With the current high fire dangers, the hurricanes on the East Coast, flooding and the on-going threat of earthquakes, it’s a good reminder that we need to be prepared for a disaster, and that includes for our pets.
Every year we hear so many sad stories about the dogs and cats left in the aftermath of one disaster or another, but you can avoid this with some planning, so if the worst happens, you and your pets can survive.
The following check list can be printed and used to help you get all the different things ready for your pets in case you need to leave your home. Most of these items could be stored in a large tub with a lid along side of your own human disaster kit:
Have identification on your dogs and cats with your cell phone number on it so if you are evacuated you can be reached.
Be sure to have a car charger and the proper cords to charge your phone in case of a loss of electricity.
Microchip your pets in case the identification is lost.
Have all your animals current on vaccines.
Carry or have available photographs on your cell phone to help identify your pets if they should get lost.
Have one cat carrier per cat in a location that is easy to get to in case you had to leave in a hurry.
Have crates for dogs in case you have keep them confined (be sure to work on introducing your dog(s) to crates so they are comfortable in one before a crisis.
Have leashes for your dogs in a location that is easy to access.
Have at least a week’s supply of dry food for each animal, but also have the same amount in canned food in case of a water disaster. Be sure to store dry food in an air and watertight container and to change the food every so often so it remains fresh. Having a supply of food in several locations, including in your car, is also important in case one source is not accessible. Be sure to have a can opener if the canned food doesn’t have pop tops.
Litter for you cats and a couple of temporary boxes that can be stored flat. Cardboard shirt boxes (like the ones given at department stores) work really well for this.
Having lots of clean water for drinking is probably the most important component of all. This is especially true if a disaster happens during a hot time of year. Store water in your car and in a couple of locations in the home since some areas might not be accessible due to the type of disaster. You may also want to have a water purifying kit on hand if you don’t have room to store lots of water.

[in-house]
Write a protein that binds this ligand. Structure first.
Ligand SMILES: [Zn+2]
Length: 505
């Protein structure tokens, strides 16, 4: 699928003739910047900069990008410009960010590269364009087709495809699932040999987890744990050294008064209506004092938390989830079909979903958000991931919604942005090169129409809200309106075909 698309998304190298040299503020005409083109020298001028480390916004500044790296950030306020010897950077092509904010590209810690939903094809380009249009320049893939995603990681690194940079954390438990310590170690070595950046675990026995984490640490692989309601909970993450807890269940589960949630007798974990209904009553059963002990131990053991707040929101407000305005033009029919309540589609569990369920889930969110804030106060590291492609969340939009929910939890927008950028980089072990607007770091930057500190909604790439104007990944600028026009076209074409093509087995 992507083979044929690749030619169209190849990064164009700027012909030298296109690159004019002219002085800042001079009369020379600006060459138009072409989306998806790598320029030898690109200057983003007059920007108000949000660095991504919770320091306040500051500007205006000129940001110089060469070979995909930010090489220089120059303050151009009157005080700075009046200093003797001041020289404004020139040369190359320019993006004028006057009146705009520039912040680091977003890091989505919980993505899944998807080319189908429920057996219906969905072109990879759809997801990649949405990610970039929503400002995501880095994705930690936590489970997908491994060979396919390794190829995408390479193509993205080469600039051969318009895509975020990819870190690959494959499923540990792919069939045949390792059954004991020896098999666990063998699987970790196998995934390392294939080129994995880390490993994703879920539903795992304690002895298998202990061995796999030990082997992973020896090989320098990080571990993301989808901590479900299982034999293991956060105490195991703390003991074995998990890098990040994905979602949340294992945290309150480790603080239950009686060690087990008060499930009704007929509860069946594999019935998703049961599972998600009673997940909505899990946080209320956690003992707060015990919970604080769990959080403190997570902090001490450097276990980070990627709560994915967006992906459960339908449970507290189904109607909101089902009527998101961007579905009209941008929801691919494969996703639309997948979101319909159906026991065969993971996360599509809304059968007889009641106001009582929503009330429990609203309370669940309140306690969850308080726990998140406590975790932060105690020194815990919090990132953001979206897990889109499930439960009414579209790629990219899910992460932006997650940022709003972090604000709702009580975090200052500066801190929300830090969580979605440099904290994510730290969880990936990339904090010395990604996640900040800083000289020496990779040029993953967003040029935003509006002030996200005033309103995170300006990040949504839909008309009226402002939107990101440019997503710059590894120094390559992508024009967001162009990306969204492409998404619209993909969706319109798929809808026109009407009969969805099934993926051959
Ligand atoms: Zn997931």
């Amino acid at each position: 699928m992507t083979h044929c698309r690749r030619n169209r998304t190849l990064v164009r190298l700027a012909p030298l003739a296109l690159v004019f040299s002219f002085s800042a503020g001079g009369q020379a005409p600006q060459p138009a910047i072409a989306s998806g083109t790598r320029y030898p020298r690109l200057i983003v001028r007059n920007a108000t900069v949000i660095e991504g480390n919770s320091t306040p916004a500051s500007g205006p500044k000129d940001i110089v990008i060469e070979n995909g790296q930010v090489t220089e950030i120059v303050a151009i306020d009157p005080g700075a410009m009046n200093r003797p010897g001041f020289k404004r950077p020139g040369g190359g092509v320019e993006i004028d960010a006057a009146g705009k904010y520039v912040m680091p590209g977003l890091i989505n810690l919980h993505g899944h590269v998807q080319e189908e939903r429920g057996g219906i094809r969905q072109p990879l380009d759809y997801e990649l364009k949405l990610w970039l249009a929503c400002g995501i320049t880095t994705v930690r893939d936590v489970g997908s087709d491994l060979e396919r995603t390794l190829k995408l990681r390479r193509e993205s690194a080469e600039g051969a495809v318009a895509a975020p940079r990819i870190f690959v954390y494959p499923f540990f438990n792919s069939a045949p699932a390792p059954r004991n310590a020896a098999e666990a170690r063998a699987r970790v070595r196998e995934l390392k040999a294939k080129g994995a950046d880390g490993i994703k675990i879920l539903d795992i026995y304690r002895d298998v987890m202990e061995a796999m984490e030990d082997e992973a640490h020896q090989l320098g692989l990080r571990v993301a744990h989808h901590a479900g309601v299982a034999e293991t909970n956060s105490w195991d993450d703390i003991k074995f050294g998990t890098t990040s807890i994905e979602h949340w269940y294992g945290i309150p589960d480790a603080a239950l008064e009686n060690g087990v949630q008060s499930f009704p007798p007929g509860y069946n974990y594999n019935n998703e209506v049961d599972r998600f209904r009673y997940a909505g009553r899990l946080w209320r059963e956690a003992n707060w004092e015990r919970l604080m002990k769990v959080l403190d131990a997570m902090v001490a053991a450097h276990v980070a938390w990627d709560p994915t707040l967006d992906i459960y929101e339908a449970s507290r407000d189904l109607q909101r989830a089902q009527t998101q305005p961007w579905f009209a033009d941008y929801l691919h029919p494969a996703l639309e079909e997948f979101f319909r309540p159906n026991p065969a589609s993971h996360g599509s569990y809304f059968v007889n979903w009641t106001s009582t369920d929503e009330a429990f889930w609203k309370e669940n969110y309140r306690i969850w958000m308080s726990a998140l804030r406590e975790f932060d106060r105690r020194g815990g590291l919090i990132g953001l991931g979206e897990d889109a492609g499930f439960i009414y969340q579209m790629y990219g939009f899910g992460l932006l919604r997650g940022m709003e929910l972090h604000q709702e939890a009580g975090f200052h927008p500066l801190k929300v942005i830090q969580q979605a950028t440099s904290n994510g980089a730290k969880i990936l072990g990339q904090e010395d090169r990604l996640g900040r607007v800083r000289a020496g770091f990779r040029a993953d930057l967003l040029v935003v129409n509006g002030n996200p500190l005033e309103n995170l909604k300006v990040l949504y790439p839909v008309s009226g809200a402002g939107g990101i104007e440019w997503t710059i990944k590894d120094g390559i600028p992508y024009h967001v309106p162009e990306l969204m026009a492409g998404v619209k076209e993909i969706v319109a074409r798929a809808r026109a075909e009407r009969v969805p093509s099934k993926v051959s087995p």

A first aide kit, and any medications for each pet should be stored together.
Several towels (which can be used for both humans and animals).
Where will you and your pets go if you are evacuated?
Many people have not really thought about where they would go with their pets if a disaster strikes their area. As seen with Hurricane Harvey and Irma and numerous wild fires, there is often little time to plan—be pro-active and think about where you could go if you only had a short time to leave. After you have decided on several different possibilities, consider the following:
Leave as early as you can with your pets so you have time to secure them.
Take your pets with you even if you are only planning to be gone a short time—anything can happen and you might not be able to get back to your animals.
You may have to leave your pets somewhere while you get yourself and family members settled, so be sure to have a printed out list of your animals’ medical needs, feeding schedule, veterinarians, phone contacts, and a list of any behavior problems in case you have to leave them in a boarding facility or with someone else.
Check on local motels to ensure they would take your pets if you had to stay in a motel
Be sure to know the phone numbers and locations of your local animal shelters in case you are asked to leave your animals there, or you become separated from them.
If for some reason you were not home during a disaster, pre-arrange with a neighbor for them to take care of your animals until you can get back home. Leave your neighbor the contacts and needs list for your pets, a key to get in your home, and the location of your pet disaster kits. If your neighborhood should need to be evacuated, plan where you would meet your neighbor to retrieve your pets.
What to do if you stay in your home
Have a pre-determined area where you can gather with your family and pets.
Be sure to keep your dogs on leashes if your home or fencing is not secure during or after the disaster.
Cats can also be kept on a harness and leash, but be sure to introduce them to these before you actually need to use them. You would not want to add more anxiety to the situation by trying to place a harness on your cat during a very stressful time.
Use crates and kennels to keep your pets secure when you are unable to use leashes
Have a list of the number and types of animals posted on your front and rear doors for emergency crews in case you had to leave your pets for any reason-- but please do try to take them if you are evacuating and your own life is in danger.
As you can see, there are many things to think about before a disaster hits. This should give you the basics on what to do and how to be pro-active about keeping you and your pets safe and together during a natural or man-made disaster.
For more information about what to do before and after a disaster, please visit the Humane Society of the United States website: http://www.hsus.org/hsus_field/hsus_disaster_center/disaster_preparedness_for_pets/